The main reason behind this decision wasn’t just to save the $60 a month that cable TV cost me, although that is nice, but mostly in that cable TV isn’t serving me properly as a consumer. To me, the single most important thing is to be able to watch the shows on my schedule. Since networks insist on putting good shows on opposite each other, and I don’t want to not watch good shows, recording shows has always been something I needed to do. And while recording shows for later viewing meant I could fast forward through commercials, that was always a side effect and never the point. Time shifting was the point. Right now, if for that same $60 a month, Comcast were to offer me the ability to watch any program at any time, even if I was forced to watch the commercials and couldn’t skip them, I’d do it.
On Demand programming is where the future is, and networks need to catch up. And charging me $3 or $5 per episode in addition to my cable bill just to watch it without commercials isn’t the answer. Leave the commercials in and let me watch it for free, just like when it is broadcast, but on my own schedule.
I want to watch your shows. I even want to watch your commercials (they help me discover more shows and sometimes even products to buy). But I just can’t do it on your schedule.
Either the networks need to jump on On Demand, or the cable companies need to invent the 10 tuner DVR that works with ALL their channels so people can create their own On Demand.
Recently, I’ve gone to “war” with Comcast. This year marked the final turnover to digital and the end of analog broadcast. For the past 18 months, I had kept in contact with Comcast about the effect this would have on my analog cable. See, the basic cable – channels 2 thru 78 – are all I really watch, so that’s all we have, and you don’t need set top boxes for that, which allowed me to build Medusa, my 6-tuner PVR running Snapstream’s software. I admit I watch a lot of TV, but the main problem is that quite often even if I only watch three or four shows on a single night, they’ll always air at the same time. Years ago I managed this by having four VCRs, but times have changed and I upgraded. In any event, Comcast assured me that nothing would change, my analog devices would continue to work just fine. On many occasions over this time period, I inquired about the future of analog service, and every single time I was assured that Comcast had no plans to end analog service for the cable package of channels 2 thru 78.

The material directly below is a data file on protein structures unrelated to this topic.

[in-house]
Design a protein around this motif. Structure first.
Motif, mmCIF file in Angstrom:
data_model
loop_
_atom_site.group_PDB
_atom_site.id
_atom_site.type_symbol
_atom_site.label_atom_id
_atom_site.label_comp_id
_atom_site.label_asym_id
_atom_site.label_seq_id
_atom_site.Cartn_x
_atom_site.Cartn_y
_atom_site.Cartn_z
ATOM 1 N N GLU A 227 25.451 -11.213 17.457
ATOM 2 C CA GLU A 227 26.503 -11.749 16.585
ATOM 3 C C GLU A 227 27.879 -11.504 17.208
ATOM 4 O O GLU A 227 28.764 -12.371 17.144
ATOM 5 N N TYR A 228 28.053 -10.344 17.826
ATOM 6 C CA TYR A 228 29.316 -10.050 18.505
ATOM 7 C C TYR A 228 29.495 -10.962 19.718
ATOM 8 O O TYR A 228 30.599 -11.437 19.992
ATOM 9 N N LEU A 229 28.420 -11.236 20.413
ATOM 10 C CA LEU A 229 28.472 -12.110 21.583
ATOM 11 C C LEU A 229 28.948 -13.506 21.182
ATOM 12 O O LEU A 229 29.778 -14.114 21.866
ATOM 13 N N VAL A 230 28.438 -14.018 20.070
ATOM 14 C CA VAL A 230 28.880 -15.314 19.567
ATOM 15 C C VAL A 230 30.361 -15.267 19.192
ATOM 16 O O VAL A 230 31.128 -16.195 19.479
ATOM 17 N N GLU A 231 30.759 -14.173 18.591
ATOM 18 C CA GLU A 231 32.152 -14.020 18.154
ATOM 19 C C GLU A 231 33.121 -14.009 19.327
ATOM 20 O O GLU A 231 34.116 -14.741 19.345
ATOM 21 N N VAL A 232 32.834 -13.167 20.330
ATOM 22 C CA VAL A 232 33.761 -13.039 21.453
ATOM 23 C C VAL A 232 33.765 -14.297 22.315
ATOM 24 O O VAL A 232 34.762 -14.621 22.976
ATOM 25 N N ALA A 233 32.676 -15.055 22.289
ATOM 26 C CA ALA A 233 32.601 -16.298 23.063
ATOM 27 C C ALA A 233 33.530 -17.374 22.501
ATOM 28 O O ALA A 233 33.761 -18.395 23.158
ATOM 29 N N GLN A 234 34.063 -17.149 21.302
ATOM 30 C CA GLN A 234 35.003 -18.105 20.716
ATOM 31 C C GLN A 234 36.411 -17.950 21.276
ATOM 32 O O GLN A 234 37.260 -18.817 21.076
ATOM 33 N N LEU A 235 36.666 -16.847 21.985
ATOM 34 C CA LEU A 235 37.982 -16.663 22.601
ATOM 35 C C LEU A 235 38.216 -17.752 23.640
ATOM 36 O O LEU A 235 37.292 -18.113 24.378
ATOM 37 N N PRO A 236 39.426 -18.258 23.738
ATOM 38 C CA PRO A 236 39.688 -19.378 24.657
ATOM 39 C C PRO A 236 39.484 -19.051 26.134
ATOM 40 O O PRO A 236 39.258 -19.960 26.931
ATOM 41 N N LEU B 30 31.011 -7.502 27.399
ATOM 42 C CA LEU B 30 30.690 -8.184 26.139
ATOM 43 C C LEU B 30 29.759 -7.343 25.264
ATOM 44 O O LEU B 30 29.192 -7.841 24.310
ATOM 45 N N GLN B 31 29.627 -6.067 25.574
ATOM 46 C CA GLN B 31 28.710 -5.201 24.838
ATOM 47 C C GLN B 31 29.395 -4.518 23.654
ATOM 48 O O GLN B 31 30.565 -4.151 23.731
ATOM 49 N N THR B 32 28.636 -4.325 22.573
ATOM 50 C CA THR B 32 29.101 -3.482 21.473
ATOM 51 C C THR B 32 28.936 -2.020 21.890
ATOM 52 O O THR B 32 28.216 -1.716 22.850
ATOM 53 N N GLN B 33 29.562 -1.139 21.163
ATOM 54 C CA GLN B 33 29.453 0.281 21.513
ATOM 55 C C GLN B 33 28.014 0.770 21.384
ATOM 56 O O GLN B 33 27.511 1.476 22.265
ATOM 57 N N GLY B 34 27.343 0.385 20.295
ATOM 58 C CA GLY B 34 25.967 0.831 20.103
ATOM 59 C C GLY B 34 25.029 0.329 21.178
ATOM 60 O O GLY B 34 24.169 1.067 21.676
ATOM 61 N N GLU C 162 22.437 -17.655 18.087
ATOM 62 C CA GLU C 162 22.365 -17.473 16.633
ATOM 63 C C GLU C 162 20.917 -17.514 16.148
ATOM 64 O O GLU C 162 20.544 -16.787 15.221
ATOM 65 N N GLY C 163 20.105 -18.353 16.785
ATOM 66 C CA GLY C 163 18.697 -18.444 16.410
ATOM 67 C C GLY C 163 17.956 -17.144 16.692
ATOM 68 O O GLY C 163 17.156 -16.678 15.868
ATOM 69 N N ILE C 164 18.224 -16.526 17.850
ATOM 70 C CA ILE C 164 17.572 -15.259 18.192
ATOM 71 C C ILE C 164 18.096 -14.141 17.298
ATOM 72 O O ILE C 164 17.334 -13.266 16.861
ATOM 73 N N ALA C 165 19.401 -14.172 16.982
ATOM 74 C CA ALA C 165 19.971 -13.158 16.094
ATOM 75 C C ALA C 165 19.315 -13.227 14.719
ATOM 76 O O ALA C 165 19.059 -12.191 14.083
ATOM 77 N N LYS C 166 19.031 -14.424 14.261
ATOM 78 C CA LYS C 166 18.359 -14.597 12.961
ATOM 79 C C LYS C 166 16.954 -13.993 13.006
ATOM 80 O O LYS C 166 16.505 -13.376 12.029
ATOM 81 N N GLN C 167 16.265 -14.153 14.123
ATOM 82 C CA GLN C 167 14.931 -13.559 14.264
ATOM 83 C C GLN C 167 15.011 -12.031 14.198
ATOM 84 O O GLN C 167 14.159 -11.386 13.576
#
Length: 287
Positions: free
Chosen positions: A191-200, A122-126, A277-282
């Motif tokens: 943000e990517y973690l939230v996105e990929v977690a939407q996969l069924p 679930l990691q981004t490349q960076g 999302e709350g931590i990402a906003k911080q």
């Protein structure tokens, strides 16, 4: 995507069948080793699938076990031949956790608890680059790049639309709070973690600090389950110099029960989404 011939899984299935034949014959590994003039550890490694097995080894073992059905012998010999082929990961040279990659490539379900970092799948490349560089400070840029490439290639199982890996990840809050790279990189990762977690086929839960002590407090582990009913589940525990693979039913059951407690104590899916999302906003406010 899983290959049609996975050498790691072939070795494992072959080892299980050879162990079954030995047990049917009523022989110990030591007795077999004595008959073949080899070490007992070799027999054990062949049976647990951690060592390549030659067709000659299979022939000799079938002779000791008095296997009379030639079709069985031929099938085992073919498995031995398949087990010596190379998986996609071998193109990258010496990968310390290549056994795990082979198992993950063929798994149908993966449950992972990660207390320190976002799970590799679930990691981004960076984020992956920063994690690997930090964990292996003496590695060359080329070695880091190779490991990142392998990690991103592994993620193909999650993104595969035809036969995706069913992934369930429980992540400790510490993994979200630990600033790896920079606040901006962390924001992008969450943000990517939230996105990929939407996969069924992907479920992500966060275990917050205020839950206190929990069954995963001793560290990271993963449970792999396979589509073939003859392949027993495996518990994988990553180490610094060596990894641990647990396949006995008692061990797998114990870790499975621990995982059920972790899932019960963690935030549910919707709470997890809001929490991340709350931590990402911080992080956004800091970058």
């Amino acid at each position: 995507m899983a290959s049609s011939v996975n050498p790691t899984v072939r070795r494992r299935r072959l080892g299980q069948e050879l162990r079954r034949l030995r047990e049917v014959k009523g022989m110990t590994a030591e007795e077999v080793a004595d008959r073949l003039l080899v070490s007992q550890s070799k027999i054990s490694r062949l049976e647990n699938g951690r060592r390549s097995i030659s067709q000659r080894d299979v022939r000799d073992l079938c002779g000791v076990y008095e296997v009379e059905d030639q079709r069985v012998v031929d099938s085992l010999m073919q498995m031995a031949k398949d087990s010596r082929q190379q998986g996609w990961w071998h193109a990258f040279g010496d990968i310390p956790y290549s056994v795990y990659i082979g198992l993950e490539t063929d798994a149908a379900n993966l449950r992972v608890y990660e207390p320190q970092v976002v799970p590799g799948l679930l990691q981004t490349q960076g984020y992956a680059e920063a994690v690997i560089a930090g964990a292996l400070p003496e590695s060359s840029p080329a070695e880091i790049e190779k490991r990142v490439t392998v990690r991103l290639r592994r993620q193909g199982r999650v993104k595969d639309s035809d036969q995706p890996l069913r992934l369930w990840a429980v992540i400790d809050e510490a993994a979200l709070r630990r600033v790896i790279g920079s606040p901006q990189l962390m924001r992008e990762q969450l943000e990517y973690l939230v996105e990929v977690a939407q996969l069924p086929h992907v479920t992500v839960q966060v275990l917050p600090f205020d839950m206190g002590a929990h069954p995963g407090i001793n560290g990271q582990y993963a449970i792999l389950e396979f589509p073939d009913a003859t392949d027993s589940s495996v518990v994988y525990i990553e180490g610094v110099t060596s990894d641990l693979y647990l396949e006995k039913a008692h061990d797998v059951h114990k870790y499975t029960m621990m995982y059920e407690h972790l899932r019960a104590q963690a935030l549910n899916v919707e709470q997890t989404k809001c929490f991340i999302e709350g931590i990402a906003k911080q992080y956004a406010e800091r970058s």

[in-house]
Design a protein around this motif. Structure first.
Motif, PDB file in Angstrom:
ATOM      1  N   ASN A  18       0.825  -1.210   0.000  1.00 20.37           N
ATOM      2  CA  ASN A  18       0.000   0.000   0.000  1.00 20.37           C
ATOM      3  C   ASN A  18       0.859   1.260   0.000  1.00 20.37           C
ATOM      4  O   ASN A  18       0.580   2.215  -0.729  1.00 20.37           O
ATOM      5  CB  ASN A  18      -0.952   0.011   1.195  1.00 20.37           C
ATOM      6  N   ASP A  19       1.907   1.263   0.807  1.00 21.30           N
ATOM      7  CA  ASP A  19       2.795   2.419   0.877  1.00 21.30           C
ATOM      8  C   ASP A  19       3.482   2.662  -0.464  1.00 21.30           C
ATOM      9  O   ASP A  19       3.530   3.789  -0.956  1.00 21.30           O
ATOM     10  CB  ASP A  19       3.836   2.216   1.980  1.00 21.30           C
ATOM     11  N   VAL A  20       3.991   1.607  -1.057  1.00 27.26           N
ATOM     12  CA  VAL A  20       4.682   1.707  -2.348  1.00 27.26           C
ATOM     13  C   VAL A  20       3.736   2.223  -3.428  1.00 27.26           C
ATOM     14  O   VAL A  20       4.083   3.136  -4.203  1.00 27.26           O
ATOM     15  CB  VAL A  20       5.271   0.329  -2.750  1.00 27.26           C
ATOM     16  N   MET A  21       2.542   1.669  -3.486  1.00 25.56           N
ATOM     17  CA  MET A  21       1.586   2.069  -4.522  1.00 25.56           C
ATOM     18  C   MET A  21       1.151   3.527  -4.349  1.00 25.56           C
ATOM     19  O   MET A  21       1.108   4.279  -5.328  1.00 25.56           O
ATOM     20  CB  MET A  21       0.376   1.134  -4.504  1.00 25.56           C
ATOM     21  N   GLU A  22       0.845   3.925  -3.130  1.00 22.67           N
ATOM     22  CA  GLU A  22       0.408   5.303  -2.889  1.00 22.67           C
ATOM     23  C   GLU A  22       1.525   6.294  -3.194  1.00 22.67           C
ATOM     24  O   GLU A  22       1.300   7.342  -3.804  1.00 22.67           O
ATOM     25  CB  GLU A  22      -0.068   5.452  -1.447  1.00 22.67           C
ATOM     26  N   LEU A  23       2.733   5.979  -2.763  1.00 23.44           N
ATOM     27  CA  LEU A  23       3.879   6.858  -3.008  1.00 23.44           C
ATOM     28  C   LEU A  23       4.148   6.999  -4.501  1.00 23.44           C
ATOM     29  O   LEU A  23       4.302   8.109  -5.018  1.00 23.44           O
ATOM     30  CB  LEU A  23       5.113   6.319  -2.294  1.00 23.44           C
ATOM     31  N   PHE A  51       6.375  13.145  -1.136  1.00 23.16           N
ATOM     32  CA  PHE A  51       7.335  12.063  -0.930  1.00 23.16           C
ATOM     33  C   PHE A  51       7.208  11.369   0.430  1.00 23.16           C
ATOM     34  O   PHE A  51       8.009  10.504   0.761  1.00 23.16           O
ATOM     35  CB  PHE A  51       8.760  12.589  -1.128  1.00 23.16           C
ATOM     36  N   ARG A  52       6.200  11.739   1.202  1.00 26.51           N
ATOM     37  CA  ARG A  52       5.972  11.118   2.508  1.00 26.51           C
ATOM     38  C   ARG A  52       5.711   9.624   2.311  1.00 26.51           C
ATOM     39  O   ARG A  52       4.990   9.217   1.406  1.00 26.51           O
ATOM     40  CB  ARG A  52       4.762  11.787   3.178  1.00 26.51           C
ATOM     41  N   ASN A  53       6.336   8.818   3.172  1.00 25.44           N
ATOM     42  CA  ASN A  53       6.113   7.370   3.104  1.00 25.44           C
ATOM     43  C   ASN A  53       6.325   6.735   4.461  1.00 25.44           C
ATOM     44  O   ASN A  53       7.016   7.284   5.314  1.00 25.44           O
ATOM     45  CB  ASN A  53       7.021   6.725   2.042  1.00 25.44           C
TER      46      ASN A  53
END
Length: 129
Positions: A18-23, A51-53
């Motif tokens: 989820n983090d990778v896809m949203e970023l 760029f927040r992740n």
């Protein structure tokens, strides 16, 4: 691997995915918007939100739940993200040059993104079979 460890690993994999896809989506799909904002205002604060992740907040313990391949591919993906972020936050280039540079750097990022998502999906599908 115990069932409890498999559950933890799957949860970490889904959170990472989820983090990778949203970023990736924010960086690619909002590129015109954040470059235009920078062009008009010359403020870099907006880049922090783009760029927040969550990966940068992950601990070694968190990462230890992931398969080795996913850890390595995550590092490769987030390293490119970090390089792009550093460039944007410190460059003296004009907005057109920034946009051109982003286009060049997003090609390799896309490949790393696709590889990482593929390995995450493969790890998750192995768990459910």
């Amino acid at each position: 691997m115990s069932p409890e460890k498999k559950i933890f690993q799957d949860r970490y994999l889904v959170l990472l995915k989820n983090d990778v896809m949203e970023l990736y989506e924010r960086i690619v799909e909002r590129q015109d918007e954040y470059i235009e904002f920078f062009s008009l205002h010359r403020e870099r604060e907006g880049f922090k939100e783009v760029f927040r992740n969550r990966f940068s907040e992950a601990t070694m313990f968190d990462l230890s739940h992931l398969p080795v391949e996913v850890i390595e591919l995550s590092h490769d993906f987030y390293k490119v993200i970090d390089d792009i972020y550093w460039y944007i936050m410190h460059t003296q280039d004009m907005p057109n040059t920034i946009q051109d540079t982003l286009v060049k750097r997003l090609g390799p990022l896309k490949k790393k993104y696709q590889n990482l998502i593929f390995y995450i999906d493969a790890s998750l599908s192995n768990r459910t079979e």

So, one day there was a problem with my cable. It seemed I was only getting channels 2 thru 29 or 30, everything above that was gone. I called in to Comcast customer service and asked what was going on. They explained it was an outage, and regular service would return soon. Seeing as I already had them on the phone, I again inquired about the future of analog services. I asked if this division of 2 thru 30 and 31 thru 78 was a precursor to them moving 31 thru 78 to digital only. I was assured that there were no changes planned. None. Channels 2 thru 78 would continue to be available for all analog users.
In the meantime, over the past couple of years, I have watched with anticipation the development of digital tuner cards for PCs. At first the support was iffy, but now pretty much all software supports them, and given a good enough PC they’ll even watch and record HD channels broadcast “in the clear”, like your local network affiliates. I’ve been budgeting my money in plans to upgrade my PVR so that I could take advantage of digital, but its not exactly cheap to do, and besides, I still had time.